Low knowledge of the three-dose HPV vaccine series among mothers of rural Hispanic adolescents

J Health Care Poor Underserved. 2012 May;23(2):626-35. doi: 10.1353/hpu.2012.0040.


Background: Few previous investigations on correlates of HPV vaccine uptake have included Hispanics, a group known to have a disproportionately high risk of cervical cancer.

Methods: Rural Hispanic mothers of daughters aged 9-17 (n=78) were recruited at local community events to participate in a standardized Spanish-language survey that examined factors related to vaccine uptake.

Results: Approximately 35% of the mothers reported that their daughter had received at least one dose of the vaccine. Mothers who had heard of the HPV vaccine were more likely to have a vaccinated daughter (p<.01). Mothers who thought their daughter's father would approve were more likely to have a vaccinated daughter (p=.004). Contrary to expectation, parents who believed that only one injection is necessary were more likely to have a vaccinated daughter (p=.009).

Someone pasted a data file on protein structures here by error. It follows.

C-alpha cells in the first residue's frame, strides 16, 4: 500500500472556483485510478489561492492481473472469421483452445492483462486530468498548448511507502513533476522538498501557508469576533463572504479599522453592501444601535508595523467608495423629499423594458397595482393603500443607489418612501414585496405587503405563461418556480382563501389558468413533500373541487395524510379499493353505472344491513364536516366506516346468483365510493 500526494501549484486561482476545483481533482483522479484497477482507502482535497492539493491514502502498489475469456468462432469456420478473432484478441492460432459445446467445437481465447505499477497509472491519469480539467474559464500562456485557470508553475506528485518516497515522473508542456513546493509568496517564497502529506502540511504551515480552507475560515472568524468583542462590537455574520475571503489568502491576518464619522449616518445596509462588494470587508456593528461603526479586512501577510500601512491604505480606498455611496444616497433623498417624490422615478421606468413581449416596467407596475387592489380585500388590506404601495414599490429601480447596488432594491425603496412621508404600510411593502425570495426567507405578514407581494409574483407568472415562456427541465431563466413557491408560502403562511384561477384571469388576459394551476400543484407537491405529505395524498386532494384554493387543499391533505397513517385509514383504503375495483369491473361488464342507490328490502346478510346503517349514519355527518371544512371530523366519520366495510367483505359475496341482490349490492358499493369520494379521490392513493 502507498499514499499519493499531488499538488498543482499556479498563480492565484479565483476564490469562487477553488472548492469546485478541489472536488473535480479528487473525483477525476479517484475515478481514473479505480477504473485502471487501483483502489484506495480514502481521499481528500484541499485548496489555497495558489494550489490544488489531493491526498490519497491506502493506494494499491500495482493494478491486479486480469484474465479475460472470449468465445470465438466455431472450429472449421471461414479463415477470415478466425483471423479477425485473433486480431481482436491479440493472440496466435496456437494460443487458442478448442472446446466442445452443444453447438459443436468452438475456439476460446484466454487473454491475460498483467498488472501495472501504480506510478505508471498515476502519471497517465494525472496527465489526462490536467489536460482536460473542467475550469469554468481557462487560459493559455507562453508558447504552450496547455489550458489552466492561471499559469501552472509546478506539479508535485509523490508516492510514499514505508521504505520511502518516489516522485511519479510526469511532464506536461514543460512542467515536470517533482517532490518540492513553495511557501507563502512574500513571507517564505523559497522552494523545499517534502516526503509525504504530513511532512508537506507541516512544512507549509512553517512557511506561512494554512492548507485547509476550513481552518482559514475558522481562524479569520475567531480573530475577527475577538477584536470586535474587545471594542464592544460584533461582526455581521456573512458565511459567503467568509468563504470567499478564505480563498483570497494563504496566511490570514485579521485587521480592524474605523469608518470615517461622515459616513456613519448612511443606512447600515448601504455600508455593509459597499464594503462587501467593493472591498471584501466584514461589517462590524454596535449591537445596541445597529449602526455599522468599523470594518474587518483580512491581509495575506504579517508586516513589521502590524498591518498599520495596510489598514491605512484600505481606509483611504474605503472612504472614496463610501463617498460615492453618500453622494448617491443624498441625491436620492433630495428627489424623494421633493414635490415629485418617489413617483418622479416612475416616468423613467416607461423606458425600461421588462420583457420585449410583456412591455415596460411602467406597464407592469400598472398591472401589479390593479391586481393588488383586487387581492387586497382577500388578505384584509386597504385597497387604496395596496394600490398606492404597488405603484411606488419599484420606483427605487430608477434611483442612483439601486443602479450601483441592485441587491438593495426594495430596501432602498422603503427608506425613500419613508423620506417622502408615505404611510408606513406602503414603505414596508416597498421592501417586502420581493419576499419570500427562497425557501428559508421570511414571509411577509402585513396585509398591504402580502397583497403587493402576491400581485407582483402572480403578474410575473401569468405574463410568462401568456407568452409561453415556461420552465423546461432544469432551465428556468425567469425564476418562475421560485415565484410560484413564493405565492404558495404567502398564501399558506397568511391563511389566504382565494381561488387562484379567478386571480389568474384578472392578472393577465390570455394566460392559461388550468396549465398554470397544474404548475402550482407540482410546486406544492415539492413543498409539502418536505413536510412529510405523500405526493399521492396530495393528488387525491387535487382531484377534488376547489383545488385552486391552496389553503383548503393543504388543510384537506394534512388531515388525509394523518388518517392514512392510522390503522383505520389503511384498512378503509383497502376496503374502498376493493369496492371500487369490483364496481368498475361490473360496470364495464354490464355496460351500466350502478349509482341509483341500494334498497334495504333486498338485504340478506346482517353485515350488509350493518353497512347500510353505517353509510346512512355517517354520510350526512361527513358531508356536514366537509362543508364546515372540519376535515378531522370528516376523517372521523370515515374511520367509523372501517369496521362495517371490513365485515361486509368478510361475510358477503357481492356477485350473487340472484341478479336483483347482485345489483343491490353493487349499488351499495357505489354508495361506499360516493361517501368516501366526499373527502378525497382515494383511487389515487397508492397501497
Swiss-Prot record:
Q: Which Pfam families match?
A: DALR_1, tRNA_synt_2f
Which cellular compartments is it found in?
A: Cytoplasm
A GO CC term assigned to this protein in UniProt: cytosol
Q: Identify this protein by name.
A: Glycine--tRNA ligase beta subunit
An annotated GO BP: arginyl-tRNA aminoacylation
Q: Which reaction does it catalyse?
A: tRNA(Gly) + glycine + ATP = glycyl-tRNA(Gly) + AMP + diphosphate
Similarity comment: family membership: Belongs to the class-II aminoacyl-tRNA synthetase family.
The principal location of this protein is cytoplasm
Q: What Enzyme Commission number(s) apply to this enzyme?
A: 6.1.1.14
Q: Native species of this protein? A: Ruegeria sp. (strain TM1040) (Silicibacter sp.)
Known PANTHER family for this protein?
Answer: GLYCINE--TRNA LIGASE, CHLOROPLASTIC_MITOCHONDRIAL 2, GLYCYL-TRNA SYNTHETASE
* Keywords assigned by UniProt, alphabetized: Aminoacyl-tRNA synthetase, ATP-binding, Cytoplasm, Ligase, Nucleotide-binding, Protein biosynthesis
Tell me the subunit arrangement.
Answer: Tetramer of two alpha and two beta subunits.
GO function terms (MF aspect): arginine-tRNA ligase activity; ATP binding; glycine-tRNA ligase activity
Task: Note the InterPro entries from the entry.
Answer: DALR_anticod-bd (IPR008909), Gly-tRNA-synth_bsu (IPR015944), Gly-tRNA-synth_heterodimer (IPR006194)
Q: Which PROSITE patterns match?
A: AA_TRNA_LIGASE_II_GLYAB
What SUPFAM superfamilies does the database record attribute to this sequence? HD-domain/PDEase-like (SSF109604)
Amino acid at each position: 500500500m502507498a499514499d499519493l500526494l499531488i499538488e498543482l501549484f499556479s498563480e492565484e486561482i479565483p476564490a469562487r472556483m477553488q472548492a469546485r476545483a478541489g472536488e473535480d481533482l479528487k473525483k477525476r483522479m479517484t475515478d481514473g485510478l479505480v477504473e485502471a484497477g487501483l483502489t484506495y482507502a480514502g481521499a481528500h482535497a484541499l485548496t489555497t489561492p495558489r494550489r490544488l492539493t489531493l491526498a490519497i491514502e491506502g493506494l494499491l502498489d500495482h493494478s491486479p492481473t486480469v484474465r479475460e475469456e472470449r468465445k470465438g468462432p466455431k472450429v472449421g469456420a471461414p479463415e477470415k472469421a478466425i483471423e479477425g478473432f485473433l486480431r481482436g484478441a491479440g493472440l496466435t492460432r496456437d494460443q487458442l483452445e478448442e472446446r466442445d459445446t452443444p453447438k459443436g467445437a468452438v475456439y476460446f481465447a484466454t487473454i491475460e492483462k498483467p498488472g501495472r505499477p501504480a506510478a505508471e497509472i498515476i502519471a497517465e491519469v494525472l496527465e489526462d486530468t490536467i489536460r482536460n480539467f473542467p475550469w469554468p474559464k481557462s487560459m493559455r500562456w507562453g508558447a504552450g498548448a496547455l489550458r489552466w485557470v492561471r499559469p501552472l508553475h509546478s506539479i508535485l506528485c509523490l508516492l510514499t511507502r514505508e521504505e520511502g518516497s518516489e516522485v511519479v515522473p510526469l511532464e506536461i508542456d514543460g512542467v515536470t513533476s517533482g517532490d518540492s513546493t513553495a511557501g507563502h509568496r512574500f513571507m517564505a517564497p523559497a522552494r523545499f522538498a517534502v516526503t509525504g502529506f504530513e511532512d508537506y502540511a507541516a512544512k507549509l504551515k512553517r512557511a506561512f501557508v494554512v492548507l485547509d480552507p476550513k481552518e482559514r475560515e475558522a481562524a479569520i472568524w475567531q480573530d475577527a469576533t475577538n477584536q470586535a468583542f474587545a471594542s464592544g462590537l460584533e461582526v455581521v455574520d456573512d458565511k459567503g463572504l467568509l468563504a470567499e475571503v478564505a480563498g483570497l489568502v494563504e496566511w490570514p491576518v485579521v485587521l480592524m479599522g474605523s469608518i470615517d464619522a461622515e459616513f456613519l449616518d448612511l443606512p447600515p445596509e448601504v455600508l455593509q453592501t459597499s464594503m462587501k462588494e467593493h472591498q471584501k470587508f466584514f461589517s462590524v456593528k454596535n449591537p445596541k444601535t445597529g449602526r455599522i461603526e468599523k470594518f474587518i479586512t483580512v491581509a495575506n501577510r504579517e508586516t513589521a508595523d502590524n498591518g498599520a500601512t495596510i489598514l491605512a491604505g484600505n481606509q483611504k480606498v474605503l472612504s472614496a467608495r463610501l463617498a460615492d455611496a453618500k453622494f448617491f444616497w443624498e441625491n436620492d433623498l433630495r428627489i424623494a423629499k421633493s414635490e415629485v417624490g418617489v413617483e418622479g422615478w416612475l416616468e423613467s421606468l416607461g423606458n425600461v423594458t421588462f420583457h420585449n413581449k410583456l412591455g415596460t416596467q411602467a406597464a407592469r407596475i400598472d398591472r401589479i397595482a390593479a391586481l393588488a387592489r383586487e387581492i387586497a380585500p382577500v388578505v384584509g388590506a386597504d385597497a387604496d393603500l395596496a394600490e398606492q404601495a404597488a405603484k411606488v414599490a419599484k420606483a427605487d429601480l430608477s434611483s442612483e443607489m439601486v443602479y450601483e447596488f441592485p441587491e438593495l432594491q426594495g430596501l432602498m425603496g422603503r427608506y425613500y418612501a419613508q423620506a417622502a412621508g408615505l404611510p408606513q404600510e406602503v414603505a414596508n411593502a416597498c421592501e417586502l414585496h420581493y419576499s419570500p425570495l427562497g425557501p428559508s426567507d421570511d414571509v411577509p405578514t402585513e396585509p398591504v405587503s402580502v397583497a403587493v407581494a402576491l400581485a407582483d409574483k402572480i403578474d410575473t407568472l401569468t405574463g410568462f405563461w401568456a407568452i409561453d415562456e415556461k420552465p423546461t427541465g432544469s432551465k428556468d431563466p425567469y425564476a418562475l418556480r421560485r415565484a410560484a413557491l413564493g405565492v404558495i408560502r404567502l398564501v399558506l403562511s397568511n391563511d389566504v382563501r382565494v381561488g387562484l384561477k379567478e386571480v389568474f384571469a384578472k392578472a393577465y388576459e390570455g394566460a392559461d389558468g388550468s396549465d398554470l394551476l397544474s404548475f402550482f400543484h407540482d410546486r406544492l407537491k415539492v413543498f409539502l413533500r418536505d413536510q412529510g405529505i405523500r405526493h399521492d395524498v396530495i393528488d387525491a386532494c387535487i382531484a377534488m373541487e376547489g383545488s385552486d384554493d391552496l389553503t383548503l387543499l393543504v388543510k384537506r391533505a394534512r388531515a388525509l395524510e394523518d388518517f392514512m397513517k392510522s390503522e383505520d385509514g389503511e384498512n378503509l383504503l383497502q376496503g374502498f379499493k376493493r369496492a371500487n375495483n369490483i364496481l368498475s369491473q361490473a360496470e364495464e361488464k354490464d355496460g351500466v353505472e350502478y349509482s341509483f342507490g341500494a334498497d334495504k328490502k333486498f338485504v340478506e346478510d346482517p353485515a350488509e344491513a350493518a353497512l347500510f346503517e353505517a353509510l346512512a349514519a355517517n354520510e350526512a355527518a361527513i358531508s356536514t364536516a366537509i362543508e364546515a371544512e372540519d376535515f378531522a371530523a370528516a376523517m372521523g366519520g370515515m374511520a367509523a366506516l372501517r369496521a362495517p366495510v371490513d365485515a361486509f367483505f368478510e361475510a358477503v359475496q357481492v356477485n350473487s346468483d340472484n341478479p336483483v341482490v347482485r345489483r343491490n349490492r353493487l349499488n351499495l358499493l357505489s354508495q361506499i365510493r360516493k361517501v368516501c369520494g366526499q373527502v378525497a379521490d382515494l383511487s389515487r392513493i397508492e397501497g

Conclusions: HPV vaccine education programs that target both parents are needed to ensure that Hispanic parents receive the complete HPV vaccine regimen.

Publication types

  • Research Support, N.I.H., Extramural
  • Research Support, U.S. Gov't, P.H.S.

MeSH terms

  • Adult
  • Alphapapillomavirus / drug effects*
  • Child
  • Female
  • Health Care Surveys
  • Health Knowledge, Attitudes, Practice*
  • Hispanic Americans*
  • Humans
  • Immunization Programs / statistics & numerical data*
  • Middle Aged
  • Mothers / psychology*
  • Papillomavirus Infections / prevention & control*
  • Papillomavirus Vaccines / administration & dosage*
  • Rural Health Services*
  • Uterine Cervical Neoplasms / prevention & control
  • Washington


  • Papillomavirus Vaccines